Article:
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History of Laptop Computers

19 Apr

Modern Laptop

It is a little hard to determine what was the first portable or laptop computer, the first portable computers did not look like the book-sized and folding laptops that we are familiar with today, however, they were both portable and lapable, and lead to the development of notebook style laptops. I have outlined several potential firsts below and how each qualifies, many of the off-site links provide good photos of the computers that will let you see the progression in design.

The First Laptop? Maybe

The Grid Compass


Designed in 1979 by a Briton, William Moggridge, for Grid Systems Corporation, the Grid Compass was one fifth the weight of any model equivalent in performance and was used by NASA on the space shuttle program in the early 1980’s. A 340K byte bubble memory lap-top computer with die-cast magnesium case and folding electroluminescent graphics display screen.

Gavilan Computer As The First Laptop?

Gavilan Computer


Manny Fernandez had the idea for a well-designed laptop for executives who were starting to use computer. Fernandez, who started Gavilan Computer, promoted his machines as the first “laptop” computers in May 1983. Many historians consider the Gavilan as the first fully functional laptop computer.

The First Laptop Computer – Osborne 1

Osborne 1

The computer considered by most historians to be the first true portable computer was the Osborne 1. Adam Osborne, an ex-book publisher founded Osborne Computer and produced the Osborne 1 in 1981, a portable computer that weighed 24 pounds and cost $1795. The Osborne 1 came with a five-inch screen, modem port, two 5 1/4 floppy drives, a large collection of bundled software programs, and a battery pack. The short-lived computer company was never successful. (second photo)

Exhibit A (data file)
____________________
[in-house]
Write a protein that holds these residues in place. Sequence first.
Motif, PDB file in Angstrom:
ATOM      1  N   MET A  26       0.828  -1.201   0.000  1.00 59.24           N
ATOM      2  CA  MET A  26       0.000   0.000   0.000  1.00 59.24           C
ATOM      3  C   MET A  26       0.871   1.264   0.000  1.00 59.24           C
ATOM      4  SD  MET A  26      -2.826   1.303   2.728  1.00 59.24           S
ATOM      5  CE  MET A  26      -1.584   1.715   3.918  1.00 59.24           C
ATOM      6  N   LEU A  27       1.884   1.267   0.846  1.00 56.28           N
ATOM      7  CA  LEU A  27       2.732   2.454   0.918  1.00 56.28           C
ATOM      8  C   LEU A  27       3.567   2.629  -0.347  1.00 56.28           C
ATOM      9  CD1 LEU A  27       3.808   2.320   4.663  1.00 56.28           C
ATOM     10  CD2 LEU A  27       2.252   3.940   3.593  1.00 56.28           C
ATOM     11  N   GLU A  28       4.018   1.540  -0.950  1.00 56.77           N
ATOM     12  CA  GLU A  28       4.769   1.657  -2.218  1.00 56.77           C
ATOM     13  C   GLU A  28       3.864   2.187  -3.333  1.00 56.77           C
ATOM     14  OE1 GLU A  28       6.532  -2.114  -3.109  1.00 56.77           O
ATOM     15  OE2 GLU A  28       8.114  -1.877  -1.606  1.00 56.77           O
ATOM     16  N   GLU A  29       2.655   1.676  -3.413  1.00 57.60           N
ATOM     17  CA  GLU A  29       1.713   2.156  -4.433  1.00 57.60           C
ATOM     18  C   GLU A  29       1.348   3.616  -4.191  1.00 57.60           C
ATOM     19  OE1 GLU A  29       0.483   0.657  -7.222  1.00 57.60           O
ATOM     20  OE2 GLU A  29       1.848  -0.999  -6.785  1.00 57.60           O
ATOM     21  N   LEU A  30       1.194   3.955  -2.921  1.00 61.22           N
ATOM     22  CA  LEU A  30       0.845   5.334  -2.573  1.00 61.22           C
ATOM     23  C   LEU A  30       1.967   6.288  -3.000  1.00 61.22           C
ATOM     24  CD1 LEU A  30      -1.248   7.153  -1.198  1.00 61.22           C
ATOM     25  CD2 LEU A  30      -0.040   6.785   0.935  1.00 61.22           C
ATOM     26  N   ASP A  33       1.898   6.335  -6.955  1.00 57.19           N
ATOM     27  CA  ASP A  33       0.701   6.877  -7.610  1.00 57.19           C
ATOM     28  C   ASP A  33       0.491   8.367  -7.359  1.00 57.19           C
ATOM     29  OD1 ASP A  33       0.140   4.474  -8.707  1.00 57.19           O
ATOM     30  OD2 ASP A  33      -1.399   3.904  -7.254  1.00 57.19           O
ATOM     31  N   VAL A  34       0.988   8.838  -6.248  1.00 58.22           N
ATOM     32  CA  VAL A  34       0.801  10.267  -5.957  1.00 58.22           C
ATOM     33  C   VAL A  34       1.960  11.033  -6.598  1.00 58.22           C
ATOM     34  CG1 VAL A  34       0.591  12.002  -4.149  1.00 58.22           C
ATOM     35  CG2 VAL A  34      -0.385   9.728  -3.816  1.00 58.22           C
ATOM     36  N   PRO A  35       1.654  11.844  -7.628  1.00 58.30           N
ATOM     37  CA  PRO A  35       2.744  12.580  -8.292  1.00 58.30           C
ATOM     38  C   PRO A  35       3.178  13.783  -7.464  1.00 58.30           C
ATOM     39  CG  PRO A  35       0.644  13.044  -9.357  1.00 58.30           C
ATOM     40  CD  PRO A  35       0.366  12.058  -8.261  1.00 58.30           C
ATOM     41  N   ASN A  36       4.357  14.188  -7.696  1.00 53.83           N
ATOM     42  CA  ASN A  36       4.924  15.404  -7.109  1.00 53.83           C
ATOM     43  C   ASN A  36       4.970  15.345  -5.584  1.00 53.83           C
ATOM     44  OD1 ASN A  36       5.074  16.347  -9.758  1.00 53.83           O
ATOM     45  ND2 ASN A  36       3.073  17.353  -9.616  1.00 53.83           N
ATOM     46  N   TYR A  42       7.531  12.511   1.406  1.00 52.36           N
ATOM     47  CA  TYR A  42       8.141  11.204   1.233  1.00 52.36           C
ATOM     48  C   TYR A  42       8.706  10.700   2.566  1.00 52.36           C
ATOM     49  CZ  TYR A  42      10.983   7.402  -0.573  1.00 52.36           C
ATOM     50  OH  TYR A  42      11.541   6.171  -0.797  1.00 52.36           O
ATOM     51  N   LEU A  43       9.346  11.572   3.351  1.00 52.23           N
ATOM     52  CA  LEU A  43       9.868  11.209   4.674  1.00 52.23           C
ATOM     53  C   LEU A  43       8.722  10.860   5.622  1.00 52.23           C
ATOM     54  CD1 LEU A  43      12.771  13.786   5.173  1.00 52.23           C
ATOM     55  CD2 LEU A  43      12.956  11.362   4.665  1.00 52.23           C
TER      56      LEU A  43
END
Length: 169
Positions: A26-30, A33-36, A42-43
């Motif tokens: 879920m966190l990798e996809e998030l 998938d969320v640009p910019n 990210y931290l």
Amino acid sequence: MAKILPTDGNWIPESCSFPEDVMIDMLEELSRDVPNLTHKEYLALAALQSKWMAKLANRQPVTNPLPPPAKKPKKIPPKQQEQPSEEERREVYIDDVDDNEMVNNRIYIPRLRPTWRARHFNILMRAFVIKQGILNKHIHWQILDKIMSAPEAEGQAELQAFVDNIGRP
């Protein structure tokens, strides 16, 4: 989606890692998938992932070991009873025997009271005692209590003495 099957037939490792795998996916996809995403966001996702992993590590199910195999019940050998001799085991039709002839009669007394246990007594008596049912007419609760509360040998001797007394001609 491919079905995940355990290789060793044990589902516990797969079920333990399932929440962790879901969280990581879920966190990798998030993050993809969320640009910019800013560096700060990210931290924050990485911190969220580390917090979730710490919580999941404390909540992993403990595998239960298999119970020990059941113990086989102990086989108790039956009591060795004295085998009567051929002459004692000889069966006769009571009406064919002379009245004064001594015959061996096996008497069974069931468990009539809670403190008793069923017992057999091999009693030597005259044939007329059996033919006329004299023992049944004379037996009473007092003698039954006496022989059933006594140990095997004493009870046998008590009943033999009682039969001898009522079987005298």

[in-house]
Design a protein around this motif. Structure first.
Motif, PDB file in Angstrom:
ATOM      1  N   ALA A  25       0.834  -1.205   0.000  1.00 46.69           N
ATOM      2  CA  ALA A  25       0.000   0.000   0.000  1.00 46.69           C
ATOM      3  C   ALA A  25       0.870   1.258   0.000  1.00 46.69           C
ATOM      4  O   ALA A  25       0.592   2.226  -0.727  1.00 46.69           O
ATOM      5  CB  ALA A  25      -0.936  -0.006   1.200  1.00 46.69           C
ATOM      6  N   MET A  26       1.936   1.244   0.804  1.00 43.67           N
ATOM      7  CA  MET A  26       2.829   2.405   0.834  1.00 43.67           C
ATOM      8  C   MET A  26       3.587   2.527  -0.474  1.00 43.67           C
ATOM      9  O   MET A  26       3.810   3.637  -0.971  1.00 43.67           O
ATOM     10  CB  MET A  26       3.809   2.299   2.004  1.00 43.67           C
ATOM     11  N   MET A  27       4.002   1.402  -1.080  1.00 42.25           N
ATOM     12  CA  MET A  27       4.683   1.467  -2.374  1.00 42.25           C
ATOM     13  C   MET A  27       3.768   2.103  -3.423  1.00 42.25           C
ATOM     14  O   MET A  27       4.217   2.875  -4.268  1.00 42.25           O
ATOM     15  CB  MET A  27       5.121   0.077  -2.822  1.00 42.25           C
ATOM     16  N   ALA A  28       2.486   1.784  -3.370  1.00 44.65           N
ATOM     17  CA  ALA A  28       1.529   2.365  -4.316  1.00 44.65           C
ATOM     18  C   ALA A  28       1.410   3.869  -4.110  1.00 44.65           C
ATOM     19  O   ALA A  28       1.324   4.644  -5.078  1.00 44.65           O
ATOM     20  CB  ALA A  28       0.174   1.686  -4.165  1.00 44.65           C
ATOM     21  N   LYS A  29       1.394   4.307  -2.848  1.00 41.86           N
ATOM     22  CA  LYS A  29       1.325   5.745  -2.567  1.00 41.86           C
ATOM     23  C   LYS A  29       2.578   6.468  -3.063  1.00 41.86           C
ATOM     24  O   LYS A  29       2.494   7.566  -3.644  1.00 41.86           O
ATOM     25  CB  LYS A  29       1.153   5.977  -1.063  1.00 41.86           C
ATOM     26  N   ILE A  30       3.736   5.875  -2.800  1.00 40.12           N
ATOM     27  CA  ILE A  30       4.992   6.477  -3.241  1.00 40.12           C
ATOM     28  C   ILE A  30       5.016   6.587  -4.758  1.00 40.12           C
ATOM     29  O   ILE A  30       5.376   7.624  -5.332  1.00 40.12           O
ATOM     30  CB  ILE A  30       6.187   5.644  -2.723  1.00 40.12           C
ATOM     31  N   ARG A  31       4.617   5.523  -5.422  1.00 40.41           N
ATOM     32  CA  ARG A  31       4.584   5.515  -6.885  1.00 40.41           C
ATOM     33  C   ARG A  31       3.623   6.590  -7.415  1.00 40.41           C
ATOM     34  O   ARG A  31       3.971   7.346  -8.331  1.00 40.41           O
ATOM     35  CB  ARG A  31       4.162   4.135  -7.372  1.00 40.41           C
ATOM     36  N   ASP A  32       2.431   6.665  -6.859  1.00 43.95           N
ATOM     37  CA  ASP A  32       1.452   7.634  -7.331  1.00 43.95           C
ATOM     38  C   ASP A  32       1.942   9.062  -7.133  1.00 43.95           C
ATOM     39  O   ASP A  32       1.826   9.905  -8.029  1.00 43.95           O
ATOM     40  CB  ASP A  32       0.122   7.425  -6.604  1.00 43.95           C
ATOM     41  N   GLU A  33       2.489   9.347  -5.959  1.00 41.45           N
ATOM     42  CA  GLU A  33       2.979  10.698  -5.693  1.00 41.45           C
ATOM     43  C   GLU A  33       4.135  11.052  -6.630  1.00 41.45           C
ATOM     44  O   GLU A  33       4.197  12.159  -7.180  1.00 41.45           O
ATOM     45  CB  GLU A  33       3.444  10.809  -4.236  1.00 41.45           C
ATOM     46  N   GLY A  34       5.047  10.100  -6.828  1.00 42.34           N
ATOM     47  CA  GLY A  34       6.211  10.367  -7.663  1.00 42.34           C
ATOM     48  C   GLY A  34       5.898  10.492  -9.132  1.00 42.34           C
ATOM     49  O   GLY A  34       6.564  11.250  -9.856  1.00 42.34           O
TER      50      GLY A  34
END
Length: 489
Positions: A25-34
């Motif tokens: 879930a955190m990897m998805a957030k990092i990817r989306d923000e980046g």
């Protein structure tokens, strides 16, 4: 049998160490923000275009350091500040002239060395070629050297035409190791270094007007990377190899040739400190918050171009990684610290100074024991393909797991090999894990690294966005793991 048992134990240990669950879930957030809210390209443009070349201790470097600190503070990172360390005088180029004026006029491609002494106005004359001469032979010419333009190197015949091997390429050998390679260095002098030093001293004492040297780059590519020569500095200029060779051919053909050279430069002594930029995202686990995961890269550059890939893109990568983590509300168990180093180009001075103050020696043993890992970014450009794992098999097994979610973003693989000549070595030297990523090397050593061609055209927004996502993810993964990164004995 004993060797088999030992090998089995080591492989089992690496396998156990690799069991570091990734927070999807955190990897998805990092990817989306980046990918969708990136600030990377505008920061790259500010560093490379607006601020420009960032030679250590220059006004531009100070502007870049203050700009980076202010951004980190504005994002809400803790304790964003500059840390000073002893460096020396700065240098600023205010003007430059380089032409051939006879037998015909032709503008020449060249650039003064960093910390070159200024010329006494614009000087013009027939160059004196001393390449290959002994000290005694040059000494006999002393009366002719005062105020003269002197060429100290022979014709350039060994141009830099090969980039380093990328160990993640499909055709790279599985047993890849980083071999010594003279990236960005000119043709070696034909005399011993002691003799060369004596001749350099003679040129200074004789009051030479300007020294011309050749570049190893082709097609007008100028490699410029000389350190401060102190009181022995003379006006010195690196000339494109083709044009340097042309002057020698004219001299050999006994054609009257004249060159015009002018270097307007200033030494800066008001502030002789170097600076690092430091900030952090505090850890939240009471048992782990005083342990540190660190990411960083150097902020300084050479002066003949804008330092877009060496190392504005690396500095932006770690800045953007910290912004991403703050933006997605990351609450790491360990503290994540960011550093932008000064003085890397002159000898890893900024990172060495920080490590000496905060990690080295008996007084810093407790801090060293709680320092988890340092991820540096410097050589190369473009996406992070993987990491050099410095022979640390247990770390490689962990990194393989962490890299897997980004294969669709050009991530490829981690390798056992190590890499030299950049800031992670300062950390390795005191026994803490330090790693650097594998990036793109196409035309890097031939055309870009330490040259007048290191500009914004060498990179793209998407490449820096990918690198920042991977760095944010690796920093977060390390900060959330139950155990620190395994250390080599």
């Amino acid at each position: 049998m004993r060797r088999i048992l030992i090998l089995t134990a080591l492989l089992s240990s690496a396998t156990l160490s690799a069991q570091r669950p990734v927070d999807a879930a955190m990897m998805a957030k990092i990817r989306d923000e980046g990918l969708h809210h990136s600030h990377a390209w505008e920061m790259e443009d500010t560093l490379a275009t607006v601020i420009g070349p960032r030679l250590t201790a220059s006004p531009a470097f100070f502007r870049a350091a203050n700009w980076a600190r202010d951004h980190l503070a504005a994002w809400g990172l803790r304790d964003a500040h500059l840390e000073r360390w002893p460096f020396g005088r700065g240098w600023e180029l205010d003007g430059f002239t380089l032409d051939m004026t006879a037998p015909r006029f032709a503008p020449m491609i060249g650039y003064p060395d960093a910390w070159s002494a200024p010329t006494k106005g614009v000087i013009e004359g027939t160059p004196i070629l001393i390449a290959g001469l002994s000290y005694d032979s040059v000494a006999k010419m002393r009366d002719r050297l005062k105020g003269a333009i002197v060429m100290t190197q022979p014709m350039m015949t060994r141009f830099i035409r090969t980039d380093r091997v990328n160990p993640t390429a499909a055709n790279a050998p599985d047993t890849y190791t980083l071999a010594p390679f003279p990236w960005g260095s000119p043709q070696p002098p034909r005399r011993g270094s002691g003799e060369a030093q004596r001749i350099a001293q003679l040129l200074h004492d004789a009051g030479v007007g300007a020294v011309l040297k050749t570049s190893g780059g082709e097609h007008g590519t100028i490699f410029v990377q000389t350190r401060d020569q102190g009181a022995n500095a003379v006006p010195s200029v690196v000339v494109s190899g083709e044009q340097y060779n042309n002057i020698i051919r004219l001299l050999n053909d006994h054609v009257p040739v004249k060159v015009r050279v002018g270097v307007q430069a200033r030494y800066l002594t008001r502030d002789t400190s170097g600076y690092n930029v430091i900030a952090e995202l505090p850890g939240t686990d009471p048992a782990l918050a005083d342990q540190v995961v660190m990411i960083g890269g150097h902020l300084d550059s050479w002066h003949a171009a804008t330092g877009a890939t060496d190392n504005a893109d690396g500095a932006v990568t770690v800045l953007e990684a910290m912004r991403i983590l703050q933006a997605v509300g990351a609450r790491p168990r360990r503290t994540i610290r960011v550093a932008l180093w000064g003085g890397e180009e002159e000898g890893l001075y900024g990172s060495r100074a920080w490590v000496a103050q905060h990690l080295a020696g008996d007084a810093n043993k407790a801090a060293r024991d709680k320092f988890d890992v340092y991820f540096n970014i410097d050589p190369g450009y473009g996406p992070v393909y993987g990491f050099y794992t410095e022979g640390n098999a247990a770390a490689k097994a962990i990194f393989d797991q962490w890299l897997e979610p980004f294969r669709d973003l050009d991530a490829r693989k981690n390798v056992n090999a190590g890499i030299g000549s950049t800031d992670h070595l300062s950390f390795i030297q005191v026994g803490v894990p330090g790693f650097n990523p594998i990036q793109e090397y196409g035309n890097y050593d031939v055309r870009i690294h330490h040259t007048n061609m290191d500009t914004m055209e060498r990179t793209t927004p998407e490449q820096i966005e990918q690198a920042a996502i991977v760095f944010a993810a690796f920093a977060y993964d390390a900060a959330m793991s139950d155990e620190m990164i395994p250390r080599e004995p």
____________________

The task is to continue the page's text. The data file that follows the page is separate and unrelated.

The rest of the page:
More History of Laptop Firsts

Epson HX-20

Also released in 1981, was the Epson HX-20, a battery powered portable computer, with a 20-character by 4 line LCD display and a built-in printer.

trs80-100

In January of 1982, Microsoft’s Kazuhiko Nishi and Bill Gates begin discussions on designing a portable computer, based on using a new liquid crystal display or LCD screen. Kazuhiko Nishi later showed the prototype to Radio Shack who agree to manufacture the computer. 

In 1983, Radio Shack released the TRS-80 Model 100, a 4 lb. battery operated portable computer with a flat and more of a laptop design.

IBM 5155

In February 1984, IBM announced the IBM 5155 Portable Personal Computer.

TRS-80 Model 200

Three years later in 1986, Radio Shack released the improved and smaller TRS Model 200.

Compaq SLT/286

In 1988, Compaq Computer introduces its first laptop PC with VGA graphics – the Compaq SLT/286.

NEC UltraLite

In 1989, NEC UltraLite was released, considered by some to be the first “notebook style” computer. It was a laptop size computer which weighed under 5 lbs.

Apple Powerbook 170

In September 1989, Apple Computer released the first Macintosh Portable that later evolved into the Powerbook. 

Zenith MinisPort

In 1989, Zenith Data Systems released the Zenith MinisPort, a 6-pound laptop computer. 

Compaq LTE

In October 1989, Compaq Computer released its first notebook PC, the Compaq LTE.

Microsoft BallPoint

In March 1991, Microsoft released the Microsoft BallPoint Mouse that used both mouse and trackball technology in a pointing device designed for laptop computers.

IBM ThinkPad 700

In October 1992, IBM released its ThinkPad 700 laptop computer.

Apple Newton

In 1993, the first PDAs or Personal Digital Assistants are released. PDAs are pen-based hand-held computers.

 
3 Comments

Posted by on April 19, 2011 in Technology

 

Tags: , , , ,

3 responses to “History of Laptop Computers

  1. Manoz Thapa

    May 16, 2011 at 08:39:30

    Actually this world todays become much small enough dur to the use of the computers In frankly speaking I wanna thank those prior computer scients who had given the concept of computer for the first time in the world Charles Babbage, Howard Aikem For making First computer of the world Mak I
    Lady Ada Augusta.etc.
    I really wannna thank to those modern computer scientists who have imagined of cuch moddern computers at this real world……………….
    c u next Genious man……………

     
  2. http://serviceypologistwn.wordpress.com

    August 12, 2013 at 07:02:12

    Incredible points. Solid arguments. Keep up the
    great work.

     

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